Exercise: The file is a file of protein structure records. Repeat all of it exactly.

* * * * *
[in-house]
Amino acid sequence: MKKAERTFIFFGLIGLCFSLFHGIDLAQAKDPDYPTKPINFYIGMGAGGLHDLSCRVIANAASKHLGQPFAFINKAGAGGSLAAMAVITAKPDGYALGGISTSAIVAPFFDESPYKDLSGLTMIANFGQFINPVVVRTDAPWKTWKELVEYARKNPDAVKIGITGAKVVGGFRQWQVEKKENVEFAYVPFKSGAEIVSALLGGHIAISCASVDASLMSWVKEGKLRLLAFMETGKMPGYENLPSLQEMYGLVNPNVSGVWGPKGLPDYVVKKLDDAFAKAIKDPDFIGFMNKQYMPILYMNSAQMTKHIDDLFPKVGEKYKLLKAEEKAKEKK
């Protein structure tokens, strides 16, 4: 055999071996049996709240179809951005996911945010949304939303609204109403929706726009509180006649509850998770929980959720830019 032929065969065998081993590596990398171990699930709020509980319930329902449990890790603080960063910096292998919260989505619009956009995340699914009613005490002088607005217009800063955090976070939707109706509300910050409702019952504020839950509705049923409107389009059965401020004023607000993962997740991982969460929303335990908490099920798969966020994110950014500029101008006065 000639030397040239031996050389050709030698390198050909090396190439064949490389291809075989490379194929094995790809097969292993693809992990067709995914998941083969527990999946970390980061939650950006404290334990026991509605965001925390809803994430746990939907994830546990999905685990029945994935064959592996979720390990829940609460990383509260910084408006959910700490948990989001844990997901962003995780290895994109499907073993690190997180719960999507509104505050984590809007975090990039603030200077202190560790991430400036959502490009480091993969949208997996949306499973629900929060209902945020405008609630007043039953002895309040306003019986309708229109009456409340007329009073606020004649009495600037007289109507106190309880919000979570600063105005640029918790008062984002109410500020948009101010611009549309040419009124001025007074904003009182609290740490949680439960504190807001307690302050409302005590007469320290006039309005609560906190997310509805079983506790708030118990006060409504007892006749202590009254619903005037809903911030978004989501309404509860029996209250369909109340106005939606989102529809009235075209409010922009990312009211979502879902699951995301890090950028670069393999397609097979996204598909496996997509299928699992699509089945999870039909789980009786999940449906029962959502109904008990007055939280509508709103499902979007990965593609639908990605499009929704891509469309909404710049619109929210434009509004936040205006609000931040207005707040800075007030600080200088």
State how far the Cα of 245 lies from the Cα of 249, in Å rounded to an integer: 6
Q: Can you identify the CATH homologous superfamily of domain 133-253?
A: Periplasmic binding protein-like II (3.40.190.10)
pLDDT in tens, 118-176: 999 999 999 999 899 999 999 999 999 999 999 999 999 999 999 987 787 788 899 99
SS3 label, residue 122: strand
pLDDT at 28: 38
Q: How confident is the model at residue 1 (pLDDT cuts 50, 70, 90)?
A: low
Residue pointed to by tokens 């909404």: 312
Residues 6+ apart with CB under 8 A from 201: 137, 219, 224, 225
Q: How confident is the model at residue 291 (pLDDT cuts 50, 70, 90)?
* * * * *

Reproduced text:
[in-house]
Amino acid sequence: MKKAERTFIFFGLIGLCFSLFHGIDLAQAKDPDYPTKPINFYIGMGAGGLHDLSCRVIANAASKHLGQPFAFINKAGAGGSLAAMAVITAKPDGYALGGISTSAIVAPFFDESPYKDLSGLTMIANFGQFINPVVVRTDAPWKTWKELVEYARKNPDAVKIGITGAKVVGGFRQWQVEKKENVEFAYVPFKSGAEIVSALLGGHIAISCASVDASLMSWVKEGKLRLLAFMETGKMPGYENLPSLQEMYGLVNPNVSGVWGPKGLPDYVVKKLDDAFAKAIKDPDFIGFMNKQYMPILYMNSAQMTKHIDDLFPKVGEKYKLLKAEEKAKEKK
């Protein structure tokens, strides 16, 4: 055999071996049996709240179809951005996911945010949304939303609204109403929706726009509180006649509850998770929980959720830019 032929065969065998081993590596990398171990699930709020509980319930329902449990890790603080960063910096292998919260989505619009956009995340699914009613005490002088607005217009800063955090976070939707109706509300910050409702019952504020839950509705049923409107389009059965401020004023607000993962997740991982969460929303335990908490099920798969966020994110950014500029101008006065 000639030397040239031996050389050709030698390198050909090396190439064949490389291809075989490379194929094995790809097969292993693809992990067709995914998941083969527990999946970390980061939650950006404290334990026991509605965001925390809803994430746990939907994830546990999905685990029945994935064959592996979720390990829940609460990383509260910084408006959910700490948990989001844990997901962003995780290895994109499907073993690190997180719960999507509104505050984590809007975090990039603030200077202190560790991430400036959502490009480091993969949208997996949306499973629900929060209902945020405008609630007043039953002895309040306003019986309708229109009456409340007329009073606020004649009495600037007289109507106190309880919000979570600063105005640029918790008062984002109410500020948009101010611009549309040419009124001025007074904003009182609290740490949680439960504190807001307690302050409302005590007469320290006039309005609560906190997310509805079983506790708030118990006060409504007892006749202590009254619903005037809903911030978004989501309404509860029996209250369909109340106005939606989102529809009235075209409010922009990312009211979502879902699951995301890090950028670069393999397609097979996204598909496996997509299928699992699509089945999870039909789980009786999940449906029962959502109904008990007055939280509508709103499902979007990965593609639908990605499009929704891509469309909404710049619109929210434009509004936040205006609000931040207005707040800075007030600080200088």
State how far the Cα of 245 lies from the Cα of 249, in Å rounded to an integer: 6
Q: Can you identify the CATH homologous superfamily of domain 133-253?
A: Periplasmic binding protein-like II (3.40.190.10)
pLDDT in tens, 118-176: 999 999 999 999 899 999 999 999 999 999 999 999 999 999 999 987 787 788 899 99
SS3 label, residue 122: strand
pLDDT at 28: 38
Q: How confident is the model at residue 1 (pLDDT cuts 50, 70, 90)?
A: low
Residue pointed to by tokens 């909404």: 312
Residues 6+ apart with CB under 8 A from 201: 137, 219, 224, 225
Q: How confident is the model at residue 291 (pLDDT cuts 50, 70, 90)?